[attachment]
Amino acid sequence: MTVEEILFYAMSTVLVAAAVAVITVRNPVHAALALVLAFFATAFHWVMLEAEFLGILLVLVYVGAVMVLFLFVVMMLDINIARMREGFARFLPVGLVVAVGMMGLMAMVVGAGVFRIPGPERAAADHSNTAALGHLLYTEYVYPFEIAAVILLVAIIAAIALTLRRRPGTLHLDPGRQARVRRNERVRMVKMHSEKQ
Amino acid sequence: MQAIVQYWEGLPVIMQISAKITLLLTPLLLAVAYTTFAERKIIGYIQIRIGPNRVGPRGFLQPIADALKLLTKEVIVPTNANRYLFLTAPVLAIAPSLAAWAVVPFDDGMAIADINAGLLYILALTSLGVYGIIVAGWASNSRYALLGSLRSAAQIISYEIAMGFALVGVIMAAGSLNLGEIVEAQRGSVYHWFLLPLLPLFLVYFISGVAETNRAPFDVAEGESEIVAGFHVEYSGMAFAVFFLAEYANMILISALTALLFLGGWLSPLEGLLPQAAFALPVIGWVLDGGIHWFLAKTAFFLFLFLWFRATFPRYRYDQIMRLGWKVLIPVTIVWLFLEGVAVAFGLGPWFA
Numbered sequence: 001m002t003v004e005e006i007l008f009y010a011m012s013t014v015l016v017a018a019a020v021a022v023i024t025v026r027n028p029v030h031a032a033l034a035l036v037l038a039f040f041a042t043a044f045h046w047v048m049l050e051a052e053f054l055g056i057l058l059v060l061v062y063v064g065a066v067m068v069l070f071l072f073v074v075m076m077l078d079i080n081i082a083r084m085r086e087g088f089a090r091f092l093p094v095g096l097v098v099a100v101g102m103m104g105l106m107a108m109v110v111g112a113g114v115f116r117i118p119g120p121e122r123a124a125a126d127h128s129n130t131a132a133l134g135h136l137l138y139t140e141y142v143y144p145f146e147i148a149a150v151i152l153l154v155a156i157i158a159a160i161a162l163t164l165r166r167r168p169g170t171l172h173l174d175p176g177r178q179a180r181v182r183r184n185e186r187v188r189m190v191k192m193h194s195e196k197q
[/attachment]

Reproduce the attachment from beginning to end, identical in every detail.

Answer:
Amino acid sequence: MTVEEILFYAMSTVLVAAAVAVITVRNPVHAALALVLAFFATAFHWVMLEAEFLGILLVLVYVGAVMVLFLFVVMMLDINIARMREGFARFLPVGLVVAVGMMGLMAMVVGAGVFRIPGPERAAADHSNTAALGHLLYTEYVYPFEIAAVILLVAIIAAIALTLRRRPGTLHLDPGRQARVRRNERVRMVKMHSEKQ
Amino acid sequence: MQAIVQYWEGLPVIMQISAKITLLLTPLLLAVAYTTFAERKIIGYIQIRIGPNRVGPRGFLQPIADALKLLTKEVIVPTNANRYLFLTAPVLAIAPSLAAWAVVPFDDGMAIADINAGLLYILALTSLGVYGIIVAGWASNSRYALLGSLRSAAQIISYEIAMGFALVGVIMAAGSLNLGEIVEAQRGSVYHWFLLPLLPLFLVYFISGVAETNRAPFDVAEGESEIVAGFHVEYSGMAFAVFFLAEYANMILISALTALLFLGGWLSPLEGLLPQAAFALPVIGWVLDGGIHWFLAKTAFFLFLFLWFRATFPRYRYDQIMRLGWKVLIPVTIVWLFLEGVAVAFGLGPWFA
Numbered sequence: 001m002t003v004e005e006i007l008f009y010a011m012s013t014v015l016v017a018a019a020v021a022v023i024t025v026r027n028p029v030h031a032a033l034a035l036v037l038a039f040f041a042t043a044f045h046w047v048m049l050e051a052e053f054l055g056i057l058l059v060l061v062y063v064g065a066v067m068v069l070f071l072f073v074v075m076m077l078d079i080n081i082a083r084m085r086e087g088f089a090r091f092l093p094v095g096l097v098v099a100v101g102m103m104g105l106m107a108m109v110v111g112a113g114v115f116r117i118p119g120p121e122r123a124a125a126d127h128s129n130t131a132a133l134g135h136l137l138y139t140e141y142v143y144p145f146e147i148a149a150v151i152l153l154v155a156i157i158a159a160i161a162l163t164l165r166r167r168p169g170t171l172h173l174d175p176g177r178q179a180r181v182r183r184n185e186r187v188r189m190v191k192m193h194s195e196k197q